Fundamentals - Gerontology, part 8: Communication Practice for Aging Adults
by Ellis Parker March 23, 2023 Updated: August 10, 2023 3 min read
Hi, I'm Ellis. And in this video, I'll be discussing best practices as it relates to effective communication with older adults. This card can be found in the gerontology section of our fundamentals flashcard deck, so if you have it, go ahead and grab it, and you can follow along with me. Best practices for effective communication with older adults is really impacted by sensory and neurological changes. So the first thing you need to consider is that you need to allow ample time for that communicating and potentially provide rest and breaks during those sessions. So if you're doing a longer interview or assessment, it might not be beneficial to power through. You might need to do some and leave and come back. And when you're communicating with the older adult, it is imperative that if they have a sensory deficit and if they have an assistive device, that those are in place and that they're functional, right? If they have hearing aids or glasses or whatever it is, they're not helpful if they're not functional, right? A hearing aid in my ear isn't going to do anything if the battery is dead. If we're using anything that they need to see, so if they're reading anything, make sure we're in a room with adequate lighting. And if necessary, make the fonts a little bigger on whatever it is that we're reading.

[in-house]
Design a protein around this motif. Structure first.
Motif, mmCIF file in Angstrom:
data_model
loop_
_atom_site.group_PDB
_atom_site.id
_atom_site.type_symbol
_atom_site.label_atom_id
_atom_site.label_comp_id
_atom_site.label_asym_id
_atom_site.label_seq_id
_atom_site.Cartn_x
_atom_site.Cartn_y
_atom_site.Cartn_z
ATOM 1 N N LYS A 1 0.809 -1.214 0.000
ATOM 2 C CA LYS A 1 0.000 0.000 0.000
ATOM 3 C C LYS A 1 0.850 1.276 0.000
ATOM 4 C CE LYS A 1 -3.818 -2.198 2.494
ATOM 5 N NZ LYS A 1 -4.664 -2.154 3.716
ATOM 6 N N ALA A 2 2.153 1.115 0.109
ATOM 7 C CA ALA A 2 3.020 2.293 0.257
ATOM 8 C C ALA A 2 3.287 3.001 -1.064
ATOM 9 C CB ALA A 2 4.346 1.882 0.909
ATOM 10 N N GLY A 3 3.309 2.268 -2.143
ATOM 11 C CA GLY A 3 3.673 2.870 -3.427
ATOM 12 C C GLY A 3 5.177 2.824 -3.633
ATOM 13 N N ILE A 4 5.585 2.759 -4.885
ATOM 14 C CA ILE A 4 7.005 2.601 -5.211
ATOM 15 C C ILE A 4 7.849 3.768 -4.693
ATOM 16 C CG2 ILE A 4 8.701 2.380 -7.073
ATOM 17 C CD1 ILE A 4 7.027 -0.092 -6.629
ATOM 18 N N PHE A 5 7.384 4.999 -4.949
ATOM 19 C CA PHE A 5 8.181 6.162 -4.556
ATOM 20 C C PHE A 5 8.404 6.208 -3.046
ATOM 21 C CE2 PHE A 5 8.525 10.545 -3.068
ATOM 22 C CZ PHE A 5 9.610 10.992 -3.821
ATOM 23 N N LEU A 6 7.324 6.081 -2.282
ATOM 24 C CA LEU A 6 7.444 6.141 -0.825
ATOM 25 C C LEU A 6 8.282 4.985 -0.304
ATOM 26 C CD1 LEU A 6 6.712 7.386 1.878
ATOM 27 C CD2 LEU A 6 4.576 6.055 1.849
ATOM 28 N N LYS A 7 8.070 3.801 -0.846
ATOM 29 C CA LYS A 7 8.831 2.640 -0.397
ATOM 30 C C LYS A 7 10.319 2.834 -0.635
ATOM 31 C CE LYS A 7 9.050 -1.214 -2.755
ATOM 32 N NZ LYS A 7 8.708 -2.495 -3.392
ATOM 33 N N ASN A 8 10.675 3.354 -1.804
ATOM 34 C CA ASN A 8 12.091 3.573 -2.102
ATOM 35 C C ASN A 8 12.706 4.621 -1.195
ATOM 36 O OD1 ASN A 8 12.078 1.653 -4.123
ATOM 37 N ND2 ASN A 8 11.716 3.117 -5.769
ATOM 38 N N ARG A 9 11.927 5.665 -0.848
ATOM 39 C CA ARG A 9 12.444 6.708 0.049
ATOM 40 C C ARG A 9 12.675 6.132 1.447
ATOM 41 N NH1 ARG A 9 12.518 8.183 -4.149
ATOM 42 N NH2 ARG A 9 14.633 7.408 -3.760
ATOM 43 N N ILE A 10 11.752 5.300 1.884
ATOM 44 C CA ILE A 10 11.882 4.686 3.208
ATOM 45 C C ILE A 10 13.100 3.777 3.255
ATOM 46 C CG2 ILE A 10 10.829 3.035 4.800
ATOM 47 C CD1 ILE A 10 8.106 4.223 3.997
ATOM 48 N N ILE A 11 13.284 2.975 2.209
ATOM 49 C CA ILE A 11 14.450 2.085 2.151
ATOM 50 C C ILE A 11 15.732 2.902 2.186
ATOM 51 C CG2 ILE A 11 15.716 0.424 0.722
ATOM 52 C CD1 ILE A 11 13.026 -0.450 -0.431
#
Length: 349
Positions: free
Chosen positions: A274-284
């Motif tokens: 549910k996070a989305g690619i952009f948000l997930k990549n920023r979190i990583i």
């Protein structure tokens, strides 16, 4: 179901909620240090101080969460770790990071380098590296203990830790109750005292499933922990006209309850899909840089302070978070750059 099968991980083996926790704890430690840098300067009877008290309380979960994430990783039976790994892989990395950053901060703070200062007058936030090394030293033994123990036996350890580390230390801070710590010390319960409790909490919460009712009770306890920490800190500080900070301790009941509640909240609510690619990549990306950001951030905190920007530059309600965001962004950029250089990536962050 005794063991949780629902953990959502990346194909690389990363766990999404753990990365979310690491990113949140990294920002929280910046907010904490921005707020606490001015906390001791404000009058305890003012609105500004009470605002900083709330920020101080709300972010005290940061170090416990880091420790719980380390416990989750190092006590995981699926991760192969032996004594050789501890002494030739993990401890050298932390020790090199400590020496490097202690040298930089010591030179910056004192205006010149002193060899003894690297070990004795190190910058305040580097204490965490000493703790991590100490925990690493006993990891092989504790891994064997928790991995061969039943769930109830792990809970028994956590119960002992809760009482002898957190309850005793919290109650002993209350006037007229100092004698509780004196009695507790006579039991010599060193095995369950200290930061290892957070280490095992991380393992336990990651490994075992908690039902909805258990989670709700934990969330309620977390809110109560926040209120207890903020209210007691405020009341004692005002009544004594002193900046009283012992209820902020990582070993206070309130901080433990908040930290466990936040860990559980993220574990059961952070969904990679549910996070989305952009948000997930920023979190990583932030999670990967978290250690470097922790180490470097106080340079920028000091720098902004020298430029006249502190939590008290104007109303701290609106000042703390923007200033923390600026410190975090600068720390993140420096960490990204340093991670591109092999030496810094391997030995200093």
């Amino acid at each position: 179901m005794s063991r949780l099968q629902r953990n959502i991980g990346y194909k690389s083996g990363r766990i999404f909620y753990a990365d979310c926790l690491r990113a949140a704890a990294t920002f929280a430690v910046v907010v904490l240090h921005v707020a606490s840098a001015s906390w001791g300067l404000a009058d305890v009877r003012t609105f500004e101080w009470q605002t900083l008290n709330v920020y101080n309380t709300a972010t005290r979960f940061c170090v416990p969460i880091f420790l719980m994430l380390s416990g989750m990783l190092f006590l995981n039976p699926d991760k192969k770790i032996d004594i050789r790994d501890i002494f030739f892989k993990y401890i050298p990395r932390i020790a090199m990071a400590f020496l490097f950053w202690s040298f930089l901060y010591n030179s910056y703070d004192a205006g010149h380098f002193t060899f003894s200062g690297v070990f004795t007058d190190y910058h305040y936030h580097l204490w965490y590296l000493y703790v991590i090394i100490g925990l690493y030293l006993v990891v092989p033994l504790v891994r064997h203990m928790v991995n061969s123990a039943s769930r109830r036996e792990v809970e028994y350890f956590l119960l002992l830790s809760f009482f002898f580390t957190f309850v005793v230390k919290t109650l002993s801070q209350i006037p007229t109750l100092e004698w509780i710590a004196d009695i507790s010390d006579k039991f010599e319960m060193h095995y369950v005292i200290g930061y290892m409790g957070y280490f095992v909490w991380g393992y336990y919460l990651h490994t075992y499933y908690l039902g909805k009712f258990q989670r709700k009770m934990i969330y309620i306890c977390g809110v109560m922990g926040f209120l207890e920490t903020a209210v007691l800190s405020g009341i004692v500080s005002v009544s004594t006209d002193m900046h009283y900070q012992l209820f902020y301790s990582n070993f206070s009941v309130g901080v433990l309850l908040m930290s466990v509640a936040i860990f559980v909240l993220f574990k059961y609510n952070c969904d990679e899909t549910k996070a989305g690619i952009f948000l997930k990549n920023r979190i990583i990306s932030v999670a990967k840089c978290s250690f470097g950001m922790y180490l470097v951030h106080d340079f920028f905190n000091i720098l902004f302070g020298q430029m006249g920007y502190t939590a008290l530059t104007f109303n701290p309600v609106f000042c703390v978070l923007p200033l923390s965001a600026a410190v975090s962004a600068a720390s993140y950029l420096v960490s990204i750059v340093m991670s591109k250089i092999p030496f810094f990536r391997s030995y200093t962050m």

Asking questions should be done one at a time. Don't ask a bunch of questions in quick succession because it can take them just a little longer to process each question. So you need to ask one question and wait for a response before following up with an additional question. For patients with hearing loss, we need to try to control the environment. So a big key in that is to turn off the television, turn off the TV, right, reduce the background noise as much as possible. Maybe that even involves closing the door. We can get the patient's attention before we start speaking so that they're focused on us. And we should be facing the patient so they can see our facial expressions and perhaps even see our lips freely. It is critical to please not yell at people. Don't shout. Don't raise your voice. That is not helpful. If they can't hear you, they can't hear you. A recommendation I may have if they're experiencing presbycusis, right, that bilateral age-related hearing loss, right? If you recall, they are more apt to lose the higher frequency first. So if you can just lower the tone of your voice, sometimes it really helps for them to be able to hear you if you do that. And if someone is having a hard time understanding you, instead of just repeating yourself over and over and louder and louder, usually try to rephrase it. Say it in a different way and maybe that can help with their ability to hear and understand what you're saying.
How should you assist a patient who's experiencing a sensory deficit and uses an assistive device? Ensure that those devices are in use and that they are functioning properly. Name at least one technique that you can use to improve the communication between you and a patient who is experiencing hearing loss. Decrease background noise. You can turn off the television, gain their attention before you start speaking, and to make sure that you're facing the patient, and that they can see your face and mouth. What should you do if a patient is having trouble understanding what you're saying? You should try rephrasing it and not just keep repeating the same thing.
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